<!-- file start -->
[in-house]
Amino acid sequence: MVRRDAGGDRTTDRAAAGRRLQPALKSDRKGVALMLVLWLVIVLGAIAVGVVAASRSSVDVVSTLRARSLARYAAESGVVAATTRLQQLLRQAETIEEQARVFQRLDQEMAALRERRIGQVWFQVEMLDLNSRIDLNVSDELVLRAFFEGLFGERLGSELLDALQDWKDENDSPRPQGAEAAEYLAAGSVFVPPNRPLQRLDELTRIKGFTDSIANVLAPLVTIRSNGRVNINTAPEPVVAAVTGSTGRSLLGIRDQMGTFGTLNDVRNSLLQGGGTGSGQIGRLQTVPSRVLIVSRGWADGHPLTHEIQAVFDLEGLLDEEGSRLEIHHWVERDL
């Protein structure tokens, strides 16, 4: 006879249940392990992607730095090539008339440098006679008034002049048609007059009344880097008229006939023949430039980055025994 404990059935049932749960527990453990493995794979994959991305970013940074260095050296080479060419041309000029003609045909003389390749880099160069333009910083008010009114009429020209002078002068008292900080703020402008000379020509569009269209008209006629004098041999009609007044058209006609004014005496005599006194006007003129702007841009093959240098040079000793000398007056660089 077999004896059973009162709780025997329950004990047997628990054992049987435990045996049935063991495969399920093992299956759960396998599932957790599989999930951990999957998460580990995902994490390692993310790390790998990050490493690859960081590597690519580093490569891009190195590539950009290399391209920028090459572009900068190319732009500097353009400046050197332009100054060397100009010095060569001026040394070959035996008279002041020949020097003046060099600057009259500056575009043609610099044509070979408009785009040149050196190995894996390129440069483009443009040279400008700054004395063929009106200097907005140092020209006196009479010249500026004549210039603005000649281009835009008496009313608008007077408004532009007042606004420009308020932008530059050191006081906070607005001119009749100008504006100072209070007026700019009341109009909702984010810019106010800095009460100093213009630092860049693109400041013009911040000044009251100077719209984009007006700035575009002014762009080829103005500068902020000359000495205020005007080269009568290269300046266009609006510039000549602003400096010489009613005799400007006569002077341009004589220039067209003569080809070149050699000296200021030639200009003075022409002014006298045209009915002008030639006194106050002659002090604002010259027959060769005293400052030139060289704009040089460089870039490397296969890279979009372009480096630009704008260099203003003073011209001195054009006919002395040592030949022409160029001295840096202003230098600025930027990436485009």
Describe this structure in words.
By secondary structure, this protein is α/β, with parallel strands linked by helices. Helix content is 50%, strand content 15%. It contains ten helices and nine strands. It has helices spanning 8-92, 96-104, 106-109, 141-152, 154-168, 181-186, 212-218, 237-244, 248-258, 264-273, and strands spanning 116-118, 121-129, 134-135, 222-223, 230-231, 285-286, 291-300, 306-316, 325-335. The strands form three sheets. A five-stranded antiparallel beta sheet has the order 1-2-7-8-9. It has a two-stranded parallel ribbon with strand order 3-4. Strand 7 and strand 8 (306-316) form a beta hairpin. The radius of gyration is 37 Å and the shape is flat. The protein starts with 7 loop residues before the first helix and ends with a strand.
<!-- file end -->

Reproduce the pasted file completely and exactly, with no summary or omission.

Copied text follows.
[in-house]
Amino acid sequence: MVRRDAGGDRTTDRAAAGRRLQPALKSDRKGVALMLVLWLVIVLGAIAVGVVAASRSSVDVVSTLRARSLARYAAESGVVAATTRLQQLLRQAETIEEQARVFQRLDQEMAALRERRIGQVWFQVEMLDLNSRIDLNVSDELVLRAFFEGLFGERLGSELLDALQDWKDENDSPRPQGAEAAEYLAAGSVFVPPNRPLQRLDELTRIKGFTDSIANVLAPLVTIRSNGRVNINTAPEPVVAAVTGSTGRSLLGIRDQMGTFGTLNDVRNSLLQGGGTGSGQIGRLQTVPSRVLIVSRGWADGHPLTHEIQAVFDLEGLLDEEGSRLEIHHWVERDL
């Protein structure tokens, strides 16, 4: 006879249940392990992607730095090539008339440098006679008034002049048609007059009344880097008229006939023949430039980055025994 404990059935049932749960527990453990493995794979994959991305970013940074260095050296080479060419041309000029003609045909003389390749880099160069333009910083008010009114009429020209002078002068008292900080703020402008000379020509569009269209008209006629004098041999009609007044058209006609004014005496005599006194006007003129702007841009093959240098040079000793000398007056660089 077999004896059973009162709780025997329950004990047997628990054992049987435990045996049935063991495969399920093992299956759960396998599932957790599989999930951990999957998460580990995902994490390692993310790390790998990050490493690859960081590597690519580093490569891009190195590539950009290399391209920028090459572009900068190319732009500097353009400046050197332009100054060397100009010095060569001026040394070959035996008279002041020949020097003046060099600057009259500056575009043609610099044509070979408009785009040149050196190995894996390129440069483009443009040279400008700054004395063929009106200097907005140092020209006196009479010249500026004549210039603005000649281009835009008496009313608008007077408004532009007042606004420009308020932008530059050191006081906070607005001119009749100008504006100072209070007026700019009341109009909702984010810019106010800095009460100093213009630092860049693109400041013009911040000044009251100077719209984009007006700035575009002014762009080829103005500068902020000359000495205020005007080269009568290269300046266009609006510039000549602003400096010489009613005799400007006569002077341009004589220039067209003569080809070149050699000296200021030639200009003075022409002014006298045209009915002008030639006194106050002659002090604002010259027959060769005293400052030139060289704009040089460089870039490397296969890279979009372009480096630009704008260099203003003073011209001195054009006919002395040592030949022409160029001295840096202003230098600025930027990436485009």
Describe this structure in words.
By secondary structure, this protein is α/β, with parallel strands linked by helices. Helix content is 50%, strand content 15%. It contains ten helices and nine strands. It has helices spanning 8-92, 96-104, 106-109, 141-152, 154-168, 181-186, 212-218, 237-244, 248-258, 264-273, and strands spanning 116-118, 121-129, 134-135, 222-223, 230-231, 285-286, 291-300, 306-316, 325-335. The strands form three sheets. A five-stranded antiparallel beta sheet has the order 1-2-7-8-9. It has a two-stranded parallel ribbon with strand order 3-4. Strand 7 and strand 8 (306-316) form a beta hairpin. The radius of gyration is 37 Å and the shape is flat. The protein starts with 7 loop residues before the first helix and ends with a strand.